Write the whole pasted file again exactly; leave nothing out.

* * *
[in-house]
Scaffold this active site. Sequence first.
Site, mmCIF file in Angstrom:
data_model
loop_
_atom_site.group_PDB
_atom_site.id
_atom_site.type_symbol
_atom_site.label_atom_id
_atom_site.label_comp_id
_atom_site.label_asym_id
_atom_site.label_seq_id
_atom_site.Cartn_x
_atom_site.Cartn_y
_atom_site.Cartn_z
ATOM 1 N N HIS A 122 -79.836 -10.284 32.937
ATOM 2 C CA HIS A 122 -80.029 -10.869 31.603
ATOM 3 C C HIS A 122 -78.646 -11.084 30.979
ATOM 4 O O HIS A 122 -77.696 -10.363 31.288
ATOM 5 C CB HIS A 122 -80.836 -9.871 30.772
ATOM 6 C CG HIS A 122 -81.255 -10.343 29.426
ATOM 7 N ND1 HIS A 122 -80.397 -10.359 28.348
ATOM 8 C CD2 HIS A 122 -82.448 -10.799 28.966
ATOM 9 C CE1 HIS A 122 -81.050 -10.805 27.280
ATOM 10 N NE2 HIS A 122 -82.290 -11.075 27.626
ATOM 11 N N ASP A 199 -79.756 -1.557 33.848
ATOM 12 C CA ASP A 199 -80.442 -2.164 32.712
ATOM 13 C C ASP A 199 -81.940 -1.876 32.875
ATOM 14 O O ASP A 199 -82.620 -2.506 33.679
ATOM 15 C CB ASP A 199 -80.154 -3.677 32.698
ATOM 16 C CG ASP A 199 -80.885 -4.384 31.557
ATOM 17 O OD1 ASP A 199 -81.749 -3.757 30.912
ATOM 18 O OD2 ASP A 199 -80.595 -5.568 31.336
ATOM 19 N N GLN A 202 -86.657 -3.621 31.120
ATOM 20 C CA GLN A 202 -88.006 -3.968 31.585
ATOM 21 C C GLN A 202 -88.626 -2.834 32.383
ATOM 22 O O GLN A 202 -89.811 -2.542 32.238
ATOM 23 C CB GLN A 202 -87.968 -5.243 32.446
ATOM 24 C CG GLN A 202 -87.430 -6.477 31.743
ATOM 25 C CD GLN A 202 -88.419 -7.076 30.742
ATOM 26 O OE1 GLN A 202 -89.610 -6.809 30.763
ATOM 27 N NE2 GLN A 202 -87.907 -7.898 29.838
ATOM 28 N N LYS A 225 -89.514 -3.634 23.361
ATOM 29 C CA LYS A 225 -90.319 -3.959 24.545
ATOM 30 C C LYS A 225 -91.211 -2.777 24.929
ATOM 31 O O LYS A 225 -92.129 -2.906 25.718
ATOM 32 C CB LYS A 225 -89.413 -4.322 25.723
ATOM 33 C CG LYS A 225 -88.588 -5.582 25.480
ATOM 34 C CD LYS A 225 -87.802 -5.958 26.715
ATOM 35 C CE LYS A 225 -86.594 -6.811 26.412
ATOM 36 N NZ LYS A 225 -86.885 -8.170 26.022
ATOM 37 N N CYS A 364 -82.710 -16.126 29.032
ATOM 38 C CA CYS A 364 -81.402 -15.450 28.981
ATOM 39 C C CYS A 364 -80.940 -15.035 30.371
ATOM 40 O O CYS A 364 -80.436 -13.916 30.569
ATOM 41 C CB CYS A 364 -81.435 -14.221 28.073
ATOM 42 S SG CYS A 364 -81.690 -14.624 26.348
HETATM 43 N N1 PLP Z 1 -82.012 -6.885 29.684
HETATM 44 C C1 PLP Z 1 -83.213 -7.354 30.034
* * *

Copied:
[in-house]
Scaffold this active site. Sequence first.
Site, mmCIF file in Angstrom:
data_model
loop_
_atom_site.group_PDB
_atom_site.id
_atom_site.type_symbol
_atom_site.label_atom_id
_atom_site.label_comp_id
_atom_site.label_asym_id
_atom_site.label_seq_id
_atom_site.Cartn_x
_atom_site.Cartn_y
_atom_site.Cartn_z
ATOM 1 N N HIS A 122 -79.836 -10.284 32.937
ATOM 2 C CA HIS A 122 -80.029 -10.869 31.603
ATOM 3 C C HIS A 122 -78.646 -11.084 30.979
ATOM 4 O O HIS A 122 -77.696 -10.363 31.288
ATOM 5 C CB HIS A 122 -80.836 -9.871 30.772
ATOM 6 C CG HIS A 122 -81.255 -10.343 29.426
ATOM 7 N ND1 HIS A 122 -80.397 -10.359 28.348
ATOM 8 C CD2 HIS A 122 -82.448 -10.799 28.966
ATOM 9 C CE1 HIS A 122 -81.050 -10.805 27.280
ATOM 10 N NE2 HIS A 122 -82.290 -11.075 27.626
ATOM 11 N N ASP A 199 -79.756 -1.557 33.848
ATOM 12 C CA ASP A 199 -80.442 -2.164 32.712
ATOM 13 C C ASP A 199 -81.940 -1.876 32.875
ATOM 14 O O ASP A 199 -82.620 -2.506 33.679
ATOM 15 C CB ASP A 199 -80.154 -3.677 32.698
ATOM 16 C CG ASP A 199 -80.885 -4.384 31.557
ATOM 17 O OD1 ASP A 199 -81.749 -3.757 30.912
ATOM 18 O OD2 ASP A 199 -80.595 -5.568 31.336
ATOM 19 N N GLN A 202 -86.657 -3.621 31.120
ATOM 20 C CA GLN A 202 -88.006 -3.968 31.585
ATOM 21 C C GLN A 202 -88.626 -2.834 32.383
ATOM 22 O O GLN A 202 -89.811 -2.542 32.238
ATOM 23 C CB GLN A 202 -87.968 -5.243 32.446
ATOM 24 C CG GLN A 202 -87.430 -6.477 31.743
ATOM 25 C CD GLN A 202 -88.419 -7.076 30.742
ATOM 26 O OE1 GLN A 202 -89.610 -6.809 30.763
ATOM 27 N NE2 GLN A 202 -87.907 -7.898 29.838
ATOM 28 N N LYS A 225 -89.514 -3.634 23.361
ATOM 29 C CA LYS A 225 -90.319 -3.959 24.545
ATOM 30 C C LYS A 225 -91.211 -2.777 24.929
ATOM 31 O O LYS A 225 -92.129 -2.906 25.718
ATOM 32 C CB LYS A 225 -89.413 -4.322 25.723
ATOM 33 C CG LYS A 225 -88.588 -5.582 25.480
ATOM 34 C CD LYS A 225 -87.802 -5.958 26.715
ATOM 35 C CE LYS A 225 -86.594 -6.811 26.412
ATOM 36 N NZ LYS A 225 -86.885 -8.170 26.022
ATOM 37 N N CYS A 364 -82.710 -16.126 29.032
ATOM 38 C CA CYS A 364 -81.402 -15.450 28.981
ATOM 39 C C CYS A 364 -80.940 -15.035 30.371
ATOM 40 O O CYS A 364 -80.436 -13.916 30.569
ATOM 41 C CB CYS A 364 -81.435 -14.221 28.073
ATOM 42 S SG CYS A 364 -81.690 -14.624 26.348
HETATM 43 N N1 PLP Z 1 -82.012 -6.885 29.684
HETATM 44 C C1 PLP Z 1 -83.213 -7.354 30.034